OpEd: My plea to all of us

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We've been taught about climate change. We've been taught about the range to which scientists and politicians believe that the change is real.

Yet, for some reason, no groundbreaking discovery or global action has made it clear to them.

So we continue fighting for what we know is right, trying to find the light in an issue that can seem so, unbelievably, dark.

No matter how long the amazon rainforest burns, our world leaders sit back and watch as if they can't discern whether this is a climate change disaster.

Meanwhile, those of us who realize the impacts of this inaction try to pressure the powerful ones to react wisely, and fast.

But it seems that no action is fast enough.

If we don't fight for the future of our planet, there will soon be no future to fight for.

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Failure to acknowledge that our planet is dying does not mean you're tough; because right now we are teetering on the cusp.

We ended up on this earth because it can support us, but we've failed to support it.

We go on saying that if we were in positions of power, we would be making change.

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But we are powerful, we can make change.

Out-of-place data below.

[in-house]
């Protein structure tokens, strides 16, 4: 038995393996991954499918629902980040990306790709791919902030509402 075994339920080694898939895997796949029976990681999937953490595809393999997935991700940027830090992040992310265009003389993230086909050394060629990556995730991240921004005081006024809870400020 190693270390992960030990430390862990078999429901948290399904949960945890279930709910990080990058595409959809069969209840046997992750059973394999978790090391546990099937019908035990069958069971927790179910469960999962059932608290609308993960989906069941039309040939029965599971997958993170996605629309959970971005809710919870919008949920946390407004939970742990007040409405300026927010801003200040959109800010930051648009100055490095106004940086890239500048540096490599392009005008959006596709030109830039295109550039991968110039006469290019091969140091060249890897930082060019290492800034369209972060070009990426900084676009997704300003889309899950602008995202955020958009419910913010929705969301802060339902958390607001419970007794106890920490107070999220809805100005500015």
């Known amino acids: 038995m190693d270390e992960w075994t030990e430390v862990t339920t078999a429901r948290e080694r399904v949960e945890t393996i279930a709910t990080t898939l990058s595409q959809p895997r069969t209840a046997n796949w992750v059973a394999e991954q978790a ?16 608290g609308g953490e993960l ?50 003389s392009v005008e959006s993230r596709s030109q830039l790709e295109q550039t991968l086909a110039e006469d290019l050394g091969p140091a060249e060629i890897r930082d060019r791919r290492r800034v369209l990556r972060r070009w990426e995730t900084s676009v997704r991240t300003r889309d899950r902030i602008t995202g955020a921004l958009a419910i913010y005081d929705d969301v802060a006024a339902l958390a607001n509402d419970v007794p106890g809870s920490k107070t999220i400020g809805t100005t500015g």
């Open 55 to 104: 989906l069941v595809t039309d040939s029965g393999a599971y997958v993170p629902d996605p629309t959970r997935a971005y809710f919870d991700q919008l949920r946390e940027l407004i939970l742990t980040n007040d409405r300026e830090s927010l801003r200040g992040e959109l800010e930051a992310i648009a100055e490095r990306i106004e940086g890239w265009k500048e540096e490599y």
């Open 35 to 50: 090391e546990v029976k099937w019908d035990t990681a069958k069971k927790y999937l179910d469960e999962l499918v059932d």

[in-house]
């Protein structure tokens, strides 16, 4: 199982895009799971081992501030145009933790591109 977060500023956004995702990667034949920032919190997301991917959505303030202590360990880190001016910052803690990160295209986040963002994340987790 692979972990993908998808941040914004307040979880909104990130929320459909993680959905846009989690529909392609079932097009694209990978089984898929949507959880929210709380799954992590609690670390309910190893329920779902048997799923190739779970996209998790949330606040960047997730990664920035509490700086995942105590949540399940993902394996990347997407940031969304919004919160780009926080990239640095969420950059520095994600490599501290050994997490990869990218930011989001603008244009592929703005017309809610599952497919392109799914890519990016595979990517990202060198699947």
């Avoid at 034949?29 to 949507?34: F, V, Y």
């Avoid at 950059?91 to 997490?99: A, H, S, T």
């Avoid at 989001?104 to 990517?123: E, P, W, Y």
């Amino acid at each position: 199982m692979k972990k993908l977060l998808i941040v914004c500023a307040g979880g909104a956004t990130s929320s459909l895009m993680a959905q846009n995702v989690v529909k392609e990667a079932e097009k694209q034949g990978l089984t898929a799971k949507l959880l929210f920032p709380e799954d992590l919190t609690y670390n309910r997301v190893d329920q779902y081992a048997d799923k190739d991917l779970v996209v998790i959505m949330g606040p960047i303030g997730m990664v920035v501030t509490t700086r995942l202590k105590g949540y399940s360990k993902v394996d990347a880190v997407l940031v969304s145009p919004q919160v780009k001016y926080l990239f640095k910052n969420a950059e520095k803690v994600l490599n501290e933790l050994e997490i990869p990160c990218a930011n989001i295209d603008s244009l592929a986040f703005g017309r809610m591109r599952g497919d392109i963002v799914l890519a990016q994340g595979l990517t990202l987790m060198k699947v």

Global movements are arguably the most impactful, but they are not our only outlet.

Take shorter showers, carpool to work, unplug your devices, turn off your lights.

Our striking means nothing if we cease to follow our own advice.

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But I want to congratulate us, the ones who are out here striking for a cause that apparently isn't meaningful enough for our leaders to press pause.

Pause on whatever they're working on, and start finding solutions to the problem for which we are the pawns.

This is my plea to all of us to not end here but end when we are certain, certain that our house will not come crumbling down around us because we forgot to unplug the source of the fire.

As much as we feel powerless, we can control a very high-pressure hose.

In the words of Greta Thunberg: "if not you, then who? If not now, then when?"

Leah Mowry is a senior at

Burr and Burton Academy.


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